Monthly Archives: May 2014

How to ‘Reconstruct’ Medicine: Healing the Healing Arts, Part I

EarlyCancerTreatmentLOLLately, I’ve been giving a lot of thought to the idea of the “Christian reconstruction” of medicine.

Namely, what does that mean and what does that look like (or what would it or should it look like)?

Now, to those of us who subscribe to the theology of applying our faith to every area of life, it doesn’t seem strange at all to apply the same comprehensive biblical world-and-life-view that we apply to religion, education, business, politics and economics (to name a few), to the practice of medicine — a field that at first blush seems far removed from the philosophical, theological and ideological turbulence that usually goes along with any discussion of faith, morality and (therefore) ethics in those areas.  After all, “medicine” is scientific, isn’t it?  A purely rational, objective, “evidence-based,” empirically-driven discipline, right?  And it attracts only the most caring, compassionate, empathetic, highly intelligent individuals who love humanity and wish to direct their formidable talents, skills and training towards the practice of medicine in order to serve and help (and to heal) their fellow man and visit him in his physical affliction, right?

If only.

If there is one kind of medicine that is NOT characterized by the idyllic characterization described above, it is the type of “western” (specifically American), allopathic, corporately-driven, technologically-sophisticated, mainstream “modern” medicine that is practiced today in the United States, the most historically and culturally (but not covenantally) “Christian” nation on earth.

Medicine and Morality

Yet how can we, as Christians, deny that the comprehensiveness of our faith, and the biblically-informed system of morality and ethics that flows from it, constrains us to give it a very prominent and decisive role in our understanding, interpretation and implementation of that great body of knowledge and empirical evidence and experience that we’ve garnered through the centuries in those areas of natural science — biology, chemistry, anatomy and physiology — that have a direct bearing on our theory and practice of medicine, an area that deals intimately with the highly personal issues of a man’s health and the treatment of his diseases?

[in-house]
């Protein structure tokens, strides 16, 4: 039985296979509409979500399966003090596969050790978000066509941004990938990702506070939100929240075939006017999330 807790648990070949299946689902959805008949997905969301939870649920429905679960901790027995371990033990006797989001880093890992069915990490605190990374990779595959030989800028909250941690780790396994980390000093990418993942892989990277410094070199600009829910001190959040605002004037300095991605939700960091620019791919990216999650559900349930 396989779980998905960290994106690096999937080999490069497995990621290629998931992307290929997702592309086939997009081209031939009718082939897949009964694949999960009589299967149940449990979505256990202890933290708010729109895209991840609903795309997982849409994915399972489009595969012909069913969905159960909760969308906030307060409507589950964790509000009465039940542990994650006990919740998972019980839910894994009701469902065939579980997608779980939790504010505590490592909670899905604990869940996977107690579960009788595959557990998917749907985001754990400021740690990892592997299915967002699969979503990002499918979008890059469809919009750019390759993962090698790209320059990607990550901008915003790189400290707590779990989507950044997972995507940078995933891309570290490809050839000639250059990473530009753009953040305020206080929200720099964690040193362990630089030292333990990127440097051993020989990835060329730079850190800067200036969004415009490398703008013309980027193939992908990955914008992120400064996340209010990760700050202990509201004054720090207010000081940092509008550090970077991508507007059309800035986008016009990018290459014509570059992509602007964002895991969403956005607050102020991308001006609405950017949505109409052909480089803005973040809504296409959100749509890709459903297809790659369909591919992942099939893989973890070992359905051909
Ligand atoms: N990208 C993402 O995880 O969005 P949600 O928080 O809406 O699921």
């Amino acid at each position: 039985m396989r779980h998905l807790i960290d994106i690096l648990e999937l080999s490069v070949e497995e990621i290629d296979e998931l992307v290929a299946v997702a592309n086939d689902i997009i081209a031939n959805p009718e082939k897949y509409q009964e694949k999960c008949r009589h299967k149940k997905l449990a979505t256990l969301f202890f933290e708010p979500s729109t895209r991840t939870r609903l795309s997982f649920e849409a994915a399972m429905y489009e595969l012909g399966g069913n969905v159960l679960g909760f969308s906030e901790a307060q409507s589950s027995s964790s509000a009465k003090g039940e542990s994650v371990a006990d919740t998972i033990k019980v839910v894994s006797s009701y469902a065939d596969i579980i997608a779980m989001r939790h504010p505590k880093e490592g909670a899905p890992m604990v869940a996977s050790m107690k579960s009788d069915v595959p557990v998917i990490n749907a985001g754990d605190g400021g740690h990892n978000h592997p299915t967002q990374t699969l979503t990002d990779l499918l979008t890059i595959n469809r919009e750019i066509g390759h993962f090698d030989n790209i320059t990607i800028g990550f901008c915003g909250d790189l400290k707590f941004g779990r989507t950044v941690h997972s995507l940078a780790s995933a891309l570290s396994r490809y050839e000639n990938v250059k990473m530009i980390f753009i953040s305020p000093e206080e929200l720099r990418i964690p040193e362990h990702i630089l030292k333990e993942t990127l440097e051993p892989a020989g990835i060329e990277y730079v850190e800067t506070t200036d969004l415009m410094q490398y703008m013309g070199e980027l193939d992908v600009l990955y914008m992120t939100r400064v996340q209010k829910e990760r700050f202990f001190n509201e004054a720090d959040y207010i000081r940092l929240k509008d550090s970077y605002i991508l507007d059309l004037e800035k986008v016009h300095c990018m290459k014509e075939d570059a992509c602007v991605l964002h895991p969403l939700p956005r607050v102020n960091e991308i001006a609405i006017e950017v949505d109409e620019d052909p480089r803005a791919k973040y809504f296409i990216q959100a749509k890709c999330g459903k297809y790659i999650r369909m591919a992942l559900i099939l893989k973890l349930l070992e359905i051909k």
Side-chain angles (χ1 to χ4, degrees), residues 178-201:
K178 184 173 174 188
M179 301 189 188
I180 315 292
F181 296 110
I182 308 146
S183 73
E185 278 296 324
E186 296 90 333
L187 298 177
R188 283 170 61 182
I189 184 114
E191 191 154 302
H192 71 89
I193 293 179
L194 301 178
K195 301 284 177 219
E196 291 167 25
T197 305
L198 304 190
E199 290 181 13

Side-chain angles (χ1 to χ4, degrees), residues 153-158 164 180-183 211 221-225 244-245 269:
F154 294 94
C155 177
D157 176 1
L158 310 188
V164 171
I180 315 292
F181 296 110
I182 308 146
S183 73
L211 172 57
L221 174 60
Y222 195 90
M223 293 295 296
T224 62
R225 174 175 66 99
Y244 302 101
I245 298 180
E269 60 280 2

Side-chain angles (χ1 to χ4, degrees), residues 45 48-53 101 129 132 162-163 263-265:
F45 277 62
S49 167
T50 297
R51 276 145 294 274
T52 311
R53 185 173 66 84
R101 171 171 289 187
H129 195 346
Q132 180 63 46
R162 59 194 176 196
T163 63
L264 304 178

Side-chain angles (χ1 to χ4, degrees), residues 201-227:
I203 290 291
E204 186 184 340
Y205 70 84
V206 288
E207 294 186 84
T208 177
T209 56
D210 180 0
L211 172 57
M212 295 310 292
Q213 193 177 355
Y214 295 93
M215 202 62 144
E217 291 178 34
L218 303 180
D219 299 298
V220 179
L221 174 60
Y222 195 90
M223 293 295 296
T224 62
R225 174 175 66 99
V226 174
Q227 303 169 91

It is actually pretty easy to see the disconnect that exists today between faith and medicine.  The most visible evidence is the absence of — or at least the steady erosion of — a universal or “standard” code of ethics and morality to guide healing professionals in their respective capacities as they make inherently ethical and moral decisions regarding their patients, and interact with them on the express notion (or the notion implied by the relationship) that the “healer” is there to help his patients in any way that he can, and, if possible, to heal them.

Physician, Heal Thyself

In doing some background reading for this article, I came across a rather fascinating and helpful academic paper published in the Journal of Medical Humanities in 1987 and republished in the American Journal of Bioethics in 2006: “Toward a Reconstruction of Medical Morality.”  It deals philosophically with the ethical and moral issues that inevitably arise in the practice of medicine, touching only briefly on the theological aspect of it — and not at all on the ethical or moral validity or invalidity of certain approaches or methods.  But it is a good place to start the discussion.

The author, Edmund D. Pellegrino, MD, was a leading bioethicist and professor of medicine and humanities at Georgetown University before he died in 2013 at the age of 92.  (Georgetown posthumously named its Center for Clinical Bioethics after him.)  His paper deals with what he views as the root causes of the ethical and moral dilemmas which face healthcare professionals today, owing to the fact that, (a), there is no longer a unified, common understanding of what is “moral” and “immoral” in the practice of medicine as well as what is “ethical” and “unethical” — not just among physicians and other healthcare professionals but also between the professionals and their patients — and, (b), a “fracturing” has taken place of the traditional Hippocratic image of the physician as “a benign, benevolent, all-knowing, authoritarian figure who decides what is best for his patients,” being replaced by one or more of the following competing medical models: the “John Locke” philosophical model that pits doctor and patient as “two autonomous individuals entering a contract for service”; the overtly commercial, for-profit model favored by so many of his colleagues, where “medical knowledge is held to be a proprietary possession of the physician” and he makes it available “as the baker would make bread available” to the public, “when he pleases, in what manner he pleases,” “purveying it for a price on his own terms” — “for those who can purchase it if they please” — and if they don’t like the bread he is selling, “they can go to another baker.”  Lastly, there is the purely transactional model, where your dealings with your doctor are considered to be no different than your dealings with your auto mechanic.

Regarding this model, Pellegrino says:

To those who argue for the auto mechanic version of the healing relationship, I would suggest that, as distressed as we may be with the carburetor and the perverse things automobiles do to us in cold weather, the illness of our autos doesn’t have the impact on our very existence that illness does.